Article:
Water Quality & Maintenance


If you manage to achieve the right balance of plant life and animal life, then your pond should remain relatively clear without any further assistance. However, from time to time you may have problems with algal growth.


The growth of algae depends on sunlight, carbon dioxide, and dissolved mineral salts. Introducing plants with broad surface leaves (deep water plants and surface floaters) will reduce the amount of sunlight the pond receives. Aim to cover about a half to two-thirds of the water's surface with plants. Oxygenating plants will minimise the amount of carbon dioxide in the water, which will effectively starve the algae. Clearing out dead leaves and other decaying matter will decrease the amount of organic matter that the algae has to feed on.

There is also a filamentous form of algae called blanketweed (Spirogyra) which may be found in ponds with otherwise clear water. This weed will restrict the movement of fish and choke other plants, so you must take care to remove it every so often. You can do this by winding it onto a stick or lifting it out with a garden rake.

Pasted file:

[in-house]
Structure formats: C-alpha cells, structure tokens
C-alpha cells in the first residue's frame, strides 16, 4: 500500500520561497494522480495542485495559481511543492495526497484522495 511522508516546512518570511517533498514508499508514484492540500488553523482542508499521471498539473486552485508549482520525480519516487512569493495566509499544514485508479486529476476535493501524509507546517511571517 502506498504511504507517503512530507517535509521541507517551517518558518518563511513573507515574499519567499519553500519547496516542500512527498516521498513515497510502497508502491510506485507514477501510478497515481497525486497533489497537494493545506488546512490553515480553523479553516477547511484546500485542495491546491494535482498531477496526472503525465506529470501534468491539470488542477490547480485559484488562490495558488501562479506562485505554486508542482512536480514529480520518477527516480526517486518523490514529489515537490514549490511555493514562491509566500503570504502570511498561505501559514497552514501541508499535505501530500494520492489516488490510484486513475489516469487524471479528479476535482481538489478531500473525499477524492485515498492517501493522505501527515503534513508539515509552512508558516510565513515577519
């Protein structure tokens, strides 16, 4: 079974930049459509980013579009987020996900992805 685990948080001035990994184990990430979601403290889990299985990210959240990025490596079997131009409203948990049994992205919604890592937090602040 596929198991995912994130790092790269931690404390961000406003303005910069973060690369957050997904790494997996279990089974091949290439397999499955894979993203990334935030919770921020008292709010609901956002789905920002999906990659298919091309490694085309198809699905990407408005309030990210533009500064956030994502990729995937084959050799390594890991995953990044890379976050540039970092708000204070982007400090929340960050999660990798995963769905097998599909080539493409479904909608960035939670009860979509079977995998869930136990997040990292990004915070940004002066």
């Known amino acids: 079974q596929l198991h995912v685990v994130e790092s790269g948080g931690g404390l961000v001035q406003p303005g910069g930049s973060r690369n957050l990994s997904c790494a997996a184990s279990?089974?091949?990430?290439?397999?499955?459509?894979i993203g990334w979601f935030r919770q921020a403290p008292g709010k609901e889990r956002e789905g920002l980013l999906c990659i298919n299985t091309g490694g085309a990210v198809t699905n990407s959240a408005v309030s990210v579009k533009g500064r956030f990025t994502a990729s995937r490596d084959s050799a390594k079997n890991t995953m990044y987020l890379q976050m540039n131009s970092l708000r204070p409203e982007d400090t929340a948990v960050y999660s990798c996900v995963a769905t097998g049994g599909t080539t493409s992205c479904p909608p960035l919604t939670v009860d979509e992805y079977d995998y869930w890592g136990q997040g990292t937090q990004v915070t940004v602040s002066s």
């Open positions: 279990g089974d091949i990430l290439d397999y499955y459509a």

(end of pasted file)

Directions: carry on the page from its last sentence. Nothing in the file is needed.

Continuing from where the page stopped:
Other Maintenance Tasks

Keep the pond clear of decaying plant matter and fallen leaves as they will reduce the amount of oxygen in the pond and encourage the growth of algae. If the pond is positioned near deciduous trees and shrubs, you may want to consider covering the surface of the pond with a net in autumn until all the leaves have fallen.

Thin any overgrown plants every so often; either pull out a few handfuls or lift the container and cut back to one-third. Do not thin all the plants at once as this will affect the water balance drastically and encourage algal growth.

You will need to prevent the pond from forming a solid layer of ice during the winter; this will trap poisonous methane gas released by decaying vegetation and could kill any fish you might have. Before winter sets in, float an inflated ball on the surface of the water to keep the pond from freezing over entirely. When ice forms, pour boiling water over the ball to remove it and then cover the hole with a piece of sacking. If the weather becomes milder and the ice begins to thaw, remove the sacking and replace the ball.